My daughters have rarely competed past the Labor Day (USA) holiday. Going to school, followed by obtaining their university degrees, precluded any notion of riding late into a season. When they did compete in the fall, it would be from a favorable calendar, or they had proven themselves in the classroom to gain a few days off. The time away would not cause them to fall behind. Mark and Trish both have placed a premium on studying and having good grades for their riders who are students also. It prepares them for life away from the show ring, away from horses. Moreover, a good student makes for a better rider.
The girls have found riding in September and October to be a challenging, grand experience. With the shows and events more national in setting, and higher rated, they draw riders that are among the best. The skills of their fellow riders are very polished, their experience level substantial. They are similarly detail-oriented in charting and studying their own riding, but are also watching the other riders and horses. It is about learning what other riders are doing to be better – on and off saddle, inside and outside the show ring.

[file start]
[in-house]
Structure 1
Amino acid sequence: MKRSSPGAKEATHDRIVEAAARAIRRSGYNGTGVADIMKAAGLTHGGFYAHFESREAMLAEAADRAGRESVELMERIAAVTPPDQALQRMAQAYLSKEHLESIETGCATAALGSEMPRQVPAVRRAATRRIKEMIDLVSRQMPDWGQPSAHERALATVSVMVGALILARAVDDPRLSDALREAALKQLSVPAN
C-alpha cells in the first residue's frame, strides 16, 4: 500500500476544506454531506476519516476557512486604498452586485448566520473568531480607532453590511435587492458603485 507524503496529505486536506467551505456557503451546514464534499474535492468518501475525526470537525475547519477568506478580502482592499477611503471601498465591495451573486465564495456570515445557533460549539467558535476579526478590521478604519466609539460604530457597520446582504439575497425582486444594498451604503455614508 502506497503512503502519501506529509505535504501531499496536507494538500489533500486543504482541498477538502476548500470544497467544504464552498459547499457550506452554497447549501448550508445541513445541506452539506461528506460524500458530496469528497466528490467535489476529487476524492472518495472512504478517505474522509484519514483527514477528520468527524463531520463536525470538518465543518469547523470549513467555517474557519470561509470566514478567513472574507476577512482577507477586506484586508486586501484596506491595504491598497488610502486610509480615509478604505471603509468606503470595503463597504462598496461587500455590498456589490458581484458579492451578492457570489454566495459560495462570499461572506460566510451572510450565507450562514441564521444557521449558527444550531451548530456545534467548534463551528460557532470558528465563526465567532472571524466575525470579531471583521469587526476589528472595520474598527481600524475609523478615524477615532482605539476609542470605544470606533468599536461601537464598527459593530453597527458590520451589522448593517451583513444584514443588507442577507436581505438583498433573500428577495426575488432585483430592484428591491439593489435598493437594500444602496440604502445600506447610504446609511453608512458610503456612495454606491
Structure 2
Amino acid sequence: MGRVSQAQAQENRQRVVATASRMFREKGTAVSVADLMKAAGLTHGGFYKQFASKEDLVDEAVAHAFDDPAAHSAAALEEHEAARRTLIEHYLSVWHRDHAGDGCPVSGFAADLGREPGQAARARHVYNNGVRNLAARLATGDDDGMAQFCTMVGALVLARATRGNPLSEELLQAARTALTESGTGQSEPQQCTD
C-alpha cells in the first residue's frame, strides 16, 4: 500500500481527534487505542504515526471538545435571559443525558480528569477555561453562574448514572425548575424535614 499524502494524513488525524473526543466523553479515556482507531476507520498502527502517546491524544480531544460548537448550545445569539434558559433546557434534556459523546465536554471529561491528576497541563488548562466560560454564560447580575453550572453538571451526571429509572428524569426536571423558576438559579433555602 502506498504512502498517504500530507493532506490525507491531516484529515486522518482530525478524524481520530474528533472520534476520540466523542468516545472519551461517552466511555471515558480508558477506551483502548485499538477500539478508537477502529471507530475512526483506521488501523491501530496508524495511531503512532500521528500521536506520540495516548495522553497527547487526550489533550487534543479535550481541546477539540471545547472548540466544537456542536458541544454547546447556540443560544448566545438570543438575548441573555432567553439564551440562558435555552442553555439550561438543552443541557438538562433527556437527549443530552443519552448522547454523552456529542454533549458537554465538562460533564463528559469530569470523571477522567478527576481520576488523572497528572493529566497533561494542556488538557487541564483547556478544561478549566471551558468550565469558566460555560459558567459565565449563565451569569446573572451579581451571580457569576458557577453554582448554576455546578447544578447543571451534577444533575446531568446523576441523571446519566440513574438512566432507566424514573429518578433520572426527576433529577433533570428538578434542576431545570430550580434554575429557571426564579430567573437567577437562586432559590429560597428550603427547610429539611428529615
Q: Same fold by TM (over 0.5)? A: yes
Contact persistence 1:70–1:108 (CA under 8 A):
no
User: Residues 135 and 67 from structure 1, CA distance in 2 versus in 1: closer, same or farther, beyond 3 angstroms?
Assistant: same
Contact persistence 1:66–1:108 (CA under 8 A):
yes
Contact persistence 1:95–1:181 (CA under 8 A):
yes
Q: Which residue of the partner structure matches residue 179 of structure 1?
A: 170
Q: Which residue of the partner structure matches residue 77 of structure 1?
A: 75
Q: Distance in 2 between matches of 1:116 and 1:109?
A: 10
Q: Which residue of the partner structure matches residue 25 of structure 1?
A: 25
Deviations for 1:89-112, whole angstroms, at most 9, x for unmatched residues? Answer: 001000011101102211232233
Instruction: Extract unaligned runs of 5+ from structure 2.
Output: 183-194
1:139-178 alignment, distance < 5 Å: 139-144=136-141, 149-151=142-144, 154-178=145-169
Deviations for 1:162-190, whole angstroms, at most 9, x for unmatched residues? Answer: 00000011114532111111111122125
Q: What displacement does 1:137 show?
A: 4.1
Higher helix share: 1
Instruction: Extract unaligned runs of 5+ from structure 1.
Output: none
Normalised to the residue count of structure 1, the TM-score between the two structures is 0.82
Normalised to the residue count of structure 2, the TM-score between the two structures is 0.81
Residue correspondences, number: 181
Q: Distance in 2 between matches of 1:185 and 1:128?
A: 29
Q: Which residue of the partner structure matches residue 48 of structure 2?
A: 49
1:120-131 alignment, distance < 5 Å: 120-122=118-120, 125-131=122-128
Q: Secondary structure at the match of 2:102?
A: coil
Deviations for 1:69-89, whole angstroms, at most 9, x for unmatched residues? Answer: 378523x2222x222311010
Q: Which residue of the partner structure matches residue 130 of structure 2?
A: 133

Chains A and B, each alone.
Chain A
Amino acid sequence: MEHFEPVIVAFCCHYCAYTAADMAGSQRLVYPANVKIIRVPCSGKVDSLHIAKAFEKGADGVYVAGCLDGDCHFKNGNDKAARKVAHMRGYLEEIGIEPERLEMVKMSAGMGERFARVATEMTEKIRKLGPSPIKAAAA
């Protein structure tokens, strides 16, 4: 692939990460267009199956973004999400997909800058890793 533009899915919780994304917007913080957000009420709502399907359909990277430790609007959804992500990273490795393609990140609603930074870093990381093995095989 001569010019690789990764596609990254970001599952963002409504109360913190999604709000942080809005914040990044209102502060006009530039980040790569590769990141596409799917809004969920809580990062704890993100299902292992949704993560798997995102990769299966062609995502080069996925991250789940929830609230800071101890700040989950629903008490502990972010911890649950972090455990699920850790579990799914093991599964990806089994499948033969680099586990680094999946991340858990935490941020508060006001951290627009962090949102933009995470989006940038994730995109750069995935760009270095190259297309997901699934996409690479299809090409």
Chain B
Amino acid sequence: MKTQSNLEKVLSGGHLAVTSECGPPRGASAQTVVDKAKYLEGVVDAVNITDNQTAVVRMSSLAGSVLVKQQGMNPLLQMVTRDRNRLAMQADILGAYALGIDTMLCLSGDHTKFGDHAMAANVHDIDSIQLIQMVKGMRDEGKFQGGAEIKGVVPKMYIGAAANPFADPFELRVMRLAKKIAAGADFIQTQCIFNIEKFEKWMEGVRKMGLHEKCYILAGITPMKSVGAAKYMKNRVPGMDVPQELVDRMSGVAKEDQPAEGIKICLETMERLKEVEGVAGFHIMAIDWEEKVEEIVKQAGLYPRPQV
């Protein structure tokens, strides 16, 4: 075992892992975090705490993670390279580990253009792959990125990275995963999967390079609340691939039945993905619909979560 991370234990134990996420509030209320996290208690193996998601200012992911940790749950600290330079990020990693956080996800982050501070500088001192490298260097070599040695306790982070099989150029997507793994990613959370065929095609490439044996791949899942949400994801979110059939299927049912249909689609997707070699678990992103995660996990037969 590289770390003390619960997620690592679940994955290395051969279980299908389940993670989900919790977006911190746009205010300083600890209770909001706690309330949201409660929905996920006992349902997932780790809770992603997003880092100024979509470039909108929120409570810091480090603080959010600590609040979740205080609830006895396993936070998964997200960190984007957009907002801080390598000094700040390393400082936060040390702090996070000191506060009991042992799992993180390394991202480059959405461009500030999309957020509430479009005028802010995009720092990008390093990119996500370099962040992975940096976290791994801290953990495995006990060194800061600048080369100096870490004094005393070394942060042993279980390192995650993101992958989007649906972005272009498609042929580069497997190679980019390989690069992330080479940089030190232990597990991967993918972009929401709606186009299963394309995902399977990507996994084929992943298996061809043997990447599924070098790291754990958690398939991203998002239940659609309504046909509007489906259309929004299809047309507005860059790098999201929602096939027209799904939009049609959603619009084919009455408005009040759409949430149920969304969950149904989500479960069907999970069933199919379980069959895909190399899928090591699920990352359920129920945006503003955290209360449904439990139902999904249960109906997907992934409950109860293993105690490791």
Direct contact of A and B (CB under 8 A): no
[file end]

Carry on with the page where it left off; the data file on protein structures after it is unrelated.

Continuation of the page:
the details: Elizabeth’s course notes and riding notes for season 2017
While the very best riders in show jumping win around 20-25% of their starts, making basic adjustments, including minor ones, are relatively few. They become particularly more reluctant late in the season. A rider will stay within their skill set, opting to trust in themselves and in their horses. A horse, knowing their rider trusts them wholly, gives them the certainty and confidence in any competitive setting.
My girls love the higher stakes. “In riding,” Elizabeth begins, “there are no automatics. Talent and a strong work ethic will open the door. The rest of it, the intangibles, the rider needs to bring them to table. They are what separates individual riders from one another. When it comes together, it all falls into a rhythm – the riding becomes more instinctive, much easier.” And, when the rhythm develops, its inherent consistency follows.
after the practice: Deborah and Comet (Del Mar Horse Park, Oct 2017)
“There is a crispness to the riding,” Deborah adds. “It is fast. It is precise. It is clean. It is focused. Yet, a rider cannot be afraid of making mistakes or taking risks.”
Finishing the thought, Tara adds, “When it comes together, it is as close to perfect one can imagine. Every move is fluid. What was hard is easy. And, what was easy is unreal.”
close to perfect: Tara and Cameron (Iowa, Aug 2017)
The hardest part – to keep it going.